The isolation of graphene in 2004 by a University of Manchester team lead by Sir Andre Geim and Sir Kostya Novoselov led to the discovery of a range of 2D materials, each with specific properties and qualities. Dr Gorbachev said: “This is an important breakthrough in the area of 2D materials research, as it allows us to dramatically increase the variety of materials that we can experiment with using our expanding 2D crystal toolbox”. The more materials we have to play with, the greater potential there is for creating applications that could revolutionise the way we live.” Sir Andre Geim added.

Writing in NanoLetters, the University of Manchester team demonstrate how tailored fabrication methods can make these previously inaccessible materials useful.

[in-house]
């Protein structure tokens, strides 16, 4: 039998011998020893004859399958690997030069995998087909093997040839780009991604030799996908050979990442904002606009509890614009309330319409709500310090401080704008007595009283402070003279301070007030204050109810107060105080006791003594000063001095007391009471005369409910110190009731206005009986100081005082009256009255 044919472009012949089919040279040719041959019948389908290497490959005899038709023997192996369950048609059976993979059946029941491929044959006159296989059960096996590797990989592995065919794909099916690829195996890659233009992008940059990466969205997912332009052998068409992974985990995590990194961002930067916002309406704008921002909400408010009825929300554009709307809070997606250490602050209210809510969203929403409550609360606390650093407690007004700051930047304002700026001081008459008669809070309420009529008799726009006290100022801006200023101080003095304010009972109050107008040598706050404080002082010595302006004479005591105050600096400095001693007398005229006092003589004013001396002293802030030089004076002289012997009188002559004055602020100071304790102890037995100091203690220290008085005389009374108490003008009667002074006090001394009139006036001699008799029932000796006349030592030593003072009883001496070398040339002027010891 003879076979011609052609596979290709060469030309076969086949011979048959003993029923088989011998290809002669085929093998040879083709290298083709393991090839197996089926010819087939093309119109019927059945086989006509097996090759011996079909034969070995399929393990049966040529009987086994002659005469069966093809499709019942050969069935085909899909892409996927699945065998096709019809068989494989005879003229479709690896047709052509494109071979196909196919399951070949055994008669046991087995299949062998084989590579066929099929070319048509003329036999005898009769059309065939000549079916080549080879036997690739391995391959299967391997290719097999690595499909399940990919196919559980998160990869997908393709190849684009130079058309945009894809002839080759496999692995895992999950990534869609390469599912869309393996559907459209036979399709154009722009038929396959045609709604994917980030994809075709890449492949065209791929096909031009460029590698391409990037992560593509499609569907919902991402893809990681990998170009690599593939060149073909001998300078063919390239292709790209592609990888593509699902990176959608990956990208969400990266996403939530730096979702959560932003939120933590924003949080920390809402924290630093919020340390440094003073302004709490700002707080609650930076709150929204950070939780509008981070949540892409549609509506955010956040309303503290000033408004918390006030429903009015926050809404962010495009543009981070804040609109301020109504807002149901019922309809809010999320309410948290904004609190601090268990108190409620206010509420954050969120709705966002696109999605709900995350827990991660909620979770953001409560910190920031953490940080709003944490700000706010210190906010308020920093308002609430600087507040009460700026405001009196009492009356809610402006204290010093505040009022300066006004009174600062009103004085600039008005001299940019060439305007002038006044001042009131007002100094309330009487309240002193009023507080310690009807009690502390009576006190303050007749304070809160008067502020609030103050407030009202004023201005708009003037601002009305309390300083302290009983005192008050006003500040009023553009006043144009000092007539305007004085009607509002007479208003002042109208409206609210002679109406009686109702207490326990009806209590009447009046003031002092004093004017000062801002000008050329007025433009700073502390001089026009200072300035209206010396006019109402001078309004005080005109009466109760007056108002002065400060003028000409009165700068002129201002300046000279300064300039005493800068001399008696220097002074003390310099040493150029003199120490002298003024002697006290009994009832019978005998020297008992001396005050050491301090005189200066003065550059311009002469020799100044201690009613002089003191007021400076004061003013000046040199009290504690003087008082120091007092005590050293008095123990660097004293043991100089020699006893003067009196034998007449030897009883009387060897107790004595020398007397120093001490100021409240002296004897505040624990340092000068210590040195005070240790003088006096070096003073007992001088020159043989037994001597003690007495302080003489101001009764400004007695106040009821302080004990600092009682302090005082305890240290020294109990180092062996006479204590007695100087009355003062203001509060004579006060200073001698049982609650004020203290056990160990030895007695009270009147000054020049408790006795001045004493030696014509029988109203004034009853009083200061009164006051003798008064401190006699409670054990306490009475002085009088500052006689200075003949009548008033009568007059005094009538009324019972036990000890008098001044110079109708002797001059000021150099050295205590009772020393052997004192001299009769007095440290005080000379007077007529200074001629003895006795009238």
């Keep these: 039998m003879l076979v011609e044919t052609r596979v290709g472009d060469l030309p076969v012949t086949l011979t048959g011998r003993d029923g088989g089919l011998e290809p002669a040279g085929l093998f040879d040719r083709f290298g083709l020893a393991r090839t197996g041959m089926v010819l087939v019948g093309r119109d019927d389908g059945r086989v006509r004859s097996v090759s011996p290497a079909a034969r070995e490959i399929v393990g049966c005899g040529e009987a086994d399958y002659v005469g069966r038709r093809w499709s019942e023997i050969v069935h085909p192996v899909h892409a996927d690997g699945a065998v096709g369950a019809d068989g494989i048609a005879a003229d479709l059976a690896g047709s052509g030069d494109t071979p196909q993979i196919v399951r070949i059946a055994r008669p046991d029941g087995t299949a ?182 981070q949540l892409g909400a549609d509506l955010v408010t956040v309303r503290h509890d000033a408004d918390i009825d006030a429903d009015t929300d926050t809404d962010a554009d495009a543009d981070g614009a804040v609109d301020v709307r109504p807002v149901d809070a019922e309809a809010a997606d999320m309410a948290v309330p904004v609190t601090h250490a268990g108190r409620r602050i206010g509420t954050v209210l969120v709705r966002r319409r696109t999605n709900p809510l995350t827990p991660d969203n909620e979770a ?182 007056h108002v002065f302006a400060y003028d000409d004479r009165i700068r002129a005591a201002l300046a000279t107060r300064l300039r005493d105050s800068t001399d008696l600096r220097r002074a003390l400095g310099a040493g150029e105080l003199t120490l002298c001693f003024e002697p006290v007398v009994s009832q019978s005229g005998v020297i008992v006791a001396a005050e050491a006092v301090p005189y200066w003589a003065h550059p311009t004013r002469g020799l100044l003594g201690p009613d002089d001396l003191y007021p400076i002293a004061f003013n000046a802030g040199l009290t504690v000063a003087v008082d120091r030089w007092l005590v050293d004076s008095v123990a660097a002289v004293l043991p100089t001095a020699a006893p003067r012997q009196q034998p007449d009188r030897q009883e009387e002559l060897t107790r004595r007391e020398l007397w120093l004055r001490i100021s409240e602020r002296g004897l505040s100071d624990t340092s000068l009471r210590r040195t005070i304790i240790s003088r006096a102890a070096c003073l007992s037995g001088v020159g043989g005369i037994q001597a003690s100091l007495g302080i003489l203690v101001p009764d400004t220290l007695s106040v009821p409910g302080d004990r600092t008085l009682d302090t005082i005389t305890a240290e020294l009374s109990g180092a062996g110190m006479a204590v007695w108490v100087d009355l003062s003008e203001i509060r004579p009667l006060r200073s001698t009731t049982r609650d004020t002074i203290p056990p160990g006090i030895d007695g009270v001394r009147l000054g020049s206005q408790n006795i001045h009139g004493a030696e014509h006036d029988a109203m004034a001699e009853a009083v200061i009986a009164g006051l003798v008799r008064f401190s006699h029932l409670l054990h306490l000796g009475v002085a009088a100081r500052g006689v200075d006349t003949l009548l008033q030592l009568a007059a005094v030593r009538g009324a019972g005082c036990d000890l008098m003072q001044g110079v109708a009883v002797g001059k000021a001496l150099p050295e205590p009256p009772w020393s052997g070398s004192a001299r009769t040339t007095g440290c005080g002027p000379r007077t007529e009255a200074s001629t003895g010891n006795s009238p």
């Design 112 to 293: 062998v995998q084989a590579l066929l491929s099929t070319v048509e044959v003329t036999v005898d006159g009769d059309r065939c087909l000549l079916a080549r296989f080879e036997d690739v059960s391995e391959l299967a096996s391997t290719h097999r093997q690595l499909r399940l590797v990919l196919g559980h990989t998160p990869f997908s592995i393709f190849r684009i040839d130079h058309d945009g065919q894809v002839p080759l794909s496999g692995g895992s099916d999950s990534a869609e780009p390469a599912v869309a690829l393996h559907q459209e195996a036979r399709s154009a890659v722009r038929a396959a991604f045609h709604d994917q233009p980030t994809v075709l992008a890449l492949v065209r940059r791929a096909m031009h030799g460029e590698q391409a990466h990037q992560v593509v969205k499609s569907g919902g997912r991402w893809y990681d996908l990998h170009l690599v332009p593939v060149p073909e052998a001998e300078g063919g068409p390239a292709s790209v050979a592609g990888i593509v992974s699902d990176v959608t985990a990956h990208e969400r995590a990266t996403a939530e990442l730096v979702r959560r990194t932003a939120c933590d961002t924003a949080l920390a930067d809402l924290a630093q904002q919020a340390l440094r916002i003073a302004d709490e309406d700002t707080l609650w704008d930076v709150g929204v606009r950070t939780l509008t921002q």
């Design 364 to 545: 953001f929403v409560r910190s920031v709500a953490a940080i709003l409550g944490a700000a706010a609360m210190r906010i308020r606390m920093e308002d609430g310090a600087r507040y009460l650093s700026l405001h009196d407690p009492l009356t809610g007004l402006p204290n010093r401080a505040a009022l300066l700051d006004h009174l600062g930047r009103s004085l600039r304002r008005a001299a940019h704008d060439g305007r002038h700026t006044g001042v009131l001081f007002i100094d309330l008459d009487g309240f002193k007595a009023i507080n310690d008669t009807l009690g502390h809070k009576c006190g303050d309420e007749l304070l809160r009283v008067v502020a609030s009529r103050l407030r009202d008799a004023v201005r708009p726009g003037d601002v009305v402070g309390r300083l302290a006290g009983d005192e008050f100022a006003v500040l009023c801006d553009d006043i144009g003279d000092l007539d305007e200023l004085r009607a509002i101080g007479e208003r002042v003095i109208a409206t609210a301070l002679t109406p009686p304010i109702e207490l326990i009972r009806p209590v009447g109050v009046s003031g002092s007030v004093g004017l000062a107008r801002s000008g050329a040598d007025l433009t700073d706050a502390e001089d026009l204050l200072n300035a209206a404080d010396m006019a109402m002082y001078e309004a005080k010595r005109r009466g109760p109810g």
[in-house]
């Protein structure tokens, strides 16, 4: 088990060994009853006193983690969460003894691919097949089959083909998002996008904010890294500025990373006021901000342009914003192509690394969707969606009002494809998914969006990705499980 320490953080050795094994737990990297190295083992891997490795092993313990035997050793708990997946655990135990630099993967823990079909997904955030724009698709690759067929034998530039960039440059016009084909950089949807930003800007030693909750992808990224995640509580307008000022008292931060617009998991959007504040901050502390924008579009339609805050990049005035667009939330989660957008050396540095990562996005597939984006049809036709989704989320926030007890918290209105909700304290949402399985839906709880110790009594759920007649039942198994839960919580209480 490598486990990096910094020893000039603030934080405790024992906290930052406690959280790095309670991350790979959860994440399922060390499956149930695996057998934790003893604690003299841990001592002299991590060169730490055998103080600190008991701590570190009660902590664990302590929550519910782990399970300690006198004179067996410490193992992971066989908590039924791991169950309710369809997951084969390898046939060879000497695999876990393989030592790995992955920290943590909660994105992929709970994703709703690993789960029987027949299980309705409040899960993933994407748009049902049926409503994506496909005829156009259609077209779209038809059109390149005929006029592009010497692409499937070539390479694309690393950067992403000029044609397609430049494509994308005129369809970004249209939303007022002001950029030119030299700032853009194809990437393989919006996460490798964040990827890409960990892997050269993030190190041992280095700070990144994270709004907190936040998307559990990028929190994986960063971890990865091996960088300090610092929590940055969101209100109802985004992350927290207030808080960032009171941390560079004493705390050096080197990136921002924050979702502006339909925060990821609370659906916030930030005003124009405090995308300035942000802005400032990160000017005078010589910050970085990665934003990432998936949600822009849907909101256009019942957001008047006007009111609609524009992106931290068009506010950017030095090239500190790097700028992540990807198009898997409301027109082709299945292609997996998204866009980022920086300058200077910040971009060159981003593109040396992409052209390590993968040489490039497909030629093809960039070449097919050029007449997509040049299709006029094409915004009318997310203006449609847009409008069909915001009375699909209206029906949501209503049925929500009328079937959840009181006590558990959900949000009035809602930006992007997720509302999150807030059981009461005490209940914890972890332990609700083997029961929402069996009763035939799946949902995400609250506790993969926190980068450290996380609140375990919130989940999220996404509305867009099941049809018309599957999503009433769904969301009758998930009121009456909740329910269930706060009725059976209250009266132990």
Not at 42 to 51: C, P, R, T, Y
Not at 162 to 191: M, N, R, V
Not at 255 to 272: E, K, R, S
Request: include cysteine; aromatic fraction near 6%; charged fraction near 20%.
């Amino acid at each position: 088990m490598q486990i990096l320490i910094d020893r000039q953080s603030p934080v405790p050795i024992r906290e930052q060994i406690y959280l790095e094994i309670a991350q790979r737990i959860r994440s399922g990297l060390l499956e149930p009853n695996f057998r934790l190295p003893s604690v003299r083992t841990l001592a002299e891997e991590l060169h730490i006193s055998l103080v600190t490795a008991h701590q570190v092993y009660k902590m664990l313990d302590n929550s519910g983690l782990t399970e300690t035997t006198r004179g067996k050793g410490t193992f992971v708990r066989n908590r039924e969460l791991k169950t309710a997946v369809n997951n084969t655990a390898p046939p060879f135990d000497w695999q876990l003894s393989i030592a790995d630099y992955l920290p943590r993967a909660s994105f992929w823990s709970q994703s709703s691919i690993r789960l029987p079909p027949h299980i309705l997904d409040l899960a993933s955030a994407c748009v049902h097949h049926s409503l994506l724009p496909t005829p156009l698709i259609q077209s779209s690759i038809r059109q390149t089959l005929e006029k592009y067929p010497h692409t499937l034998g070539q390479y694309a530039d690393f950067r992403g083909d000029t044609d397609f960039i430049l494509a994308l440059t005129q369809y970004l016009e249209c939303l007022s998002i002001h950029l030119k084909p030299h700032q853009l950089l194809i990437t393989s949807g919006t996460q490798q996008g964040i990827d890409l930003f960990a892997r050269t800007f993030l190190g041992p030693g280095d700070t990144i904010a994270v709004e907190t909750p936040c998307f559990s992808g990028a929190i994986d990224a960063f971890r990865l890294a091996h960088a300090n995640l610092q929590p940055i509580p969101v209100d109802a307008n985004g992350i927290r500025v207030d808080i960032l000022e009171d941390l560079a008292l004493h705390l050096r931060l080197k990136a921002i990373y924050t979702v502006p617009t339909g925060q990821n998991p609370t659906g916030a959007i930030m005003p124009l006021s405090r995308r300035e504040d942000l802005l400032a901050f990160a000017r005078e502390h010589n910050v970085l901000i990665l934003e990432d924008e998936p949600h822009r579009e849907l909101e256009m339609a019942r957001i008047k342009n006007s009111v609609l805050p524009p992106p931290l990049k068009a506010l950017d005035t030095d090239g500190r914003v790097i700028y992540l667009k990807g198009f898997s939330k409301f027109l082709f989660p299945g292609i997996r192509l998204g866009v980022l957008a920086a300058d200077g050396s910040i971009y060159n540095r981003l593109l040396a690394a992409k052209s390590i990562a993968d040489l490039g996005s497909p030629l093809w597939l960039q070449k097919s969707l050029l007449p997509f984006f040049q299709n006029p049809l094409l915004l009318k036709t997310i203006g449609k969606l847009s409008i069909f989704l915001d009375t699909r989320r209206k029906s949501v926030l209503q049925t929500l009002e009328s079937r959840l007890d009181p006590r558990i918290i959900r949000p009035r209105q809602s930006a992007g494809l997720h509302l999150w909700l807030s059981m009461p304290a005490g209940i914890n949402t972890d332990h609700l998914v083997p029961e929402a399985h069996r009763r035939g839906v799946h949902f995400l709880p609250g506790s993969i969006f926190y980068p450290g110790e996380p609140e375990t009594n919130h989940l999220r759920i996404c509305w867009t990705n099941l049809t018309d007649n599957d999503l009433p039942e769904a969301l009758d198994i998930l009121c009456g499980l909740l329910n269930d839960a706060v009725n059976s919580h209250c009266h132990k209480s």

Source: http://www.manchester.ac.uk/

Black Phosphorus Instead Of Silicon

Silicon Valley in Northern California got its nickname from the multitude of computer chip manufacturers that sprung up in the surrounding area in the 1980’s.  Despite its ubiquity as a chip building material, silicon may be facing some competition from a new version of an old substance.

Researchers working at the Institute for Basic Science (IBS) Center for Integrated Nanostructure Physics at Sungkyunkwan University (SKKU) in South Korea, led in part by Director Young Hee Lee, have created a high performance transistor using black phosphorus (BP) which has revealed some fascinating results.

Transistors are made up of materials with semiconducting properties, which come in two varieties: n-type (excess electrons) and p-type (excess holes). With the BP crystal, researchers have discovered that they can change its thickness and/or the contact metals and that will determine if it is high performance n-type, p-type, or ambipolar (function as both n- or p-type) material.

Atomic structure of black phosphorus monolayer